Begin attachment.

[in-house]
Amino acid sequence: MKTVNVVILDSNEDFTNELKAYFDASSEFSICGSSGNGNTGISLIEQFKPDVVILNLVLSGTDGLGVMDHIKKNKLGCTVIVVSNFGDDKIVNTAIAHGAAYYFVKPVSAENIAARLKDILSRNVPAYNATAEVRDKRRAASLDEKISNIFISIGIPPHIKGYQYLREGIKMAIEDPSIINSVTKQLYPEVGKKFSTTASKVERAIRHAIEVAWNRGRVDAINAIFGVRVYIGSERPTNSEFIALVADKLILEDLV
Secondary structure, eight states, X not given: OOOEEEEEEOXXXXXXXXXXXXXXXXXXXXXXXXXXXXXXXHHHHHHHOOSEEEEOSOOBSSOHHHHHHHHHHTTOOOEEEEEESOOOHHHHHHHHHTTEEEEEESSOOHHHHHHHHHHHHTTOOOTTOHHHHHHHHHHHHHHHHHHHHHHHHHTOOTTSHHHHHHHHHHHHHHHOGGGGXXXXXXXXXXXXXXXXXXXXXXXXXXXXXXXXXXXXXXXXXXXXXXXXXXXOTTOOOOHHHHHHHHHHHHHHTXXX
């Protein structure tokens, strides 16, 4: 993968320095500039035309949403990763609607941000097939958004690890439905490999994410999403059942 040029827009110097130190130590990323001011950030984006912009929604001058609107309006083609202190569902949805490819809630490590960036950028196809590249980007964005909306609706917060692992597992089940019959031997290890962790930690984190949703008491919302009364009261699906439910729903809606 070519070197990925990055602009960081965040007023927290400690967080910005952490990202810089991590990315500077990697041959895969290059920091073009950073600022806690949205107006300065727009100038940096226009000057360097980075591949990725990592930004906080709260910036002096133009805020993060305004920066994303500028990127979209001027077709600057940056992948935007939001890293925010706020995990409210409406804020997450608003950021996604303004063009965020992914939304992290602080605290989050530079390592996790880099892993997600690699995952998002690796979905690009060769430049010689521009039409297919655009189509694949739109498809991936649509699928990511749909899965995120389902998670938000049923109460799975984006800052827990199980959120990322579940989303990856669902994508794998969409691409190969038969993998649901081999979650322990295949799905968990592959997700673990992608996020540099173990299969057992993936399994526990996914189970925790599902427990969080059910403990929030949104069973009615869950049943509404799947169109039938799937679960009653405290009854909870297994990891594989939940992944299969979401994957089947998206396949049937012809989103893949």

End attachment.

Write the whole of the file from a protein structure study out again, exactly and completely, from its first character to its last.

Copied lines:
[in-house]
Amino acid sequence: MKTVNVVILDSNEDFTNELKAYFDASSEFSICGSSGNGNTGISLIEQFKPDVVILNLVLSGTDGLGVMDHIKKNKLGCTVIVVSNFGDDKIVNTAIAHGAAYYFVKPVSAENIAARLKDILSRNVPAYNATAEVRDKRRAASLDEKISNIFISIGIPPHIKGYQYLREGIKMAIEDPSIINSVTKQLYPEVGKKFSTTASKVERAIRHAIEVAWNRGRVDAINAIFGVRVYIGSERPTNSEFIALVADKLILEDLV
Secondary structure, eight states, X not given: OOOEEEEEEOXXXXXXXXXXXXXXXXXXXXXXXXXXXXXXXHHHHHHHOOSEEEEOSOOBSSOHHHHHHHHHHTTOOOEEEEEESOOOHHHHHHHHHTTEEEEEESSOOHHHHHHHHHHHHTTOOOTTOHHHHHHHHHHHHHHHHHHHHHHHHHTOOTTSHHHHHHHHHHHHHHHOGGGGXXXXXXXXXXXXXXXXXXXXXXXXXXXXXXXXXXXXXXXXXXXXXXXXXXXOTTOOOOHHHHHHHHHHHHHHTXXX
């Protein structure tokens, strides 16, 4: 993968320095500039035309949403990763609607941000097939958004690890439905490999994410999403059942 040029827009110097130190130590990323001011950030984006912009929604001058609107309006083609202190569902949805490819809630490590960036950028196809590249980007964005909306609706917060692992597992089940019959031997290890962790930690984190949703008491919302009364009261699906439910729903809606 070519070197990925990055602009960081965040007023927290400690967080910005952490990202810089991590990315500077990697041959895969290059920091073009950073600022806690949205107006300065727009100038940096226009000057360097980075591949990725990592930004906080709260910036002096133009805020993060305004920066994303500028990127979209001027077709600057940056992948935007939001890293925010706020995990409210409406804020997450608003950021996604303004063009965020992914939304992290602080605290989050530079390592996790880099892993997600690699995952998002690796979905690009060769430049010689521009039409297919655009189509694949739109498809991936649509699928990511749909899965995120389902998670938000049923109460799975984006800052827990199980959120990322579940989303990856669902994508794998969409691409190969038969993998649901081999979650322990295949799905968990592959997700673990992608996020540099173990299969057992993936399994526990996914189970925790599902427990969080059910403990929030949104069973009615869950049943509404799947169109039938799937679960009653405290009854909870297994990891594989939940992944299969979401994957089947998206396949049937012809989103893949």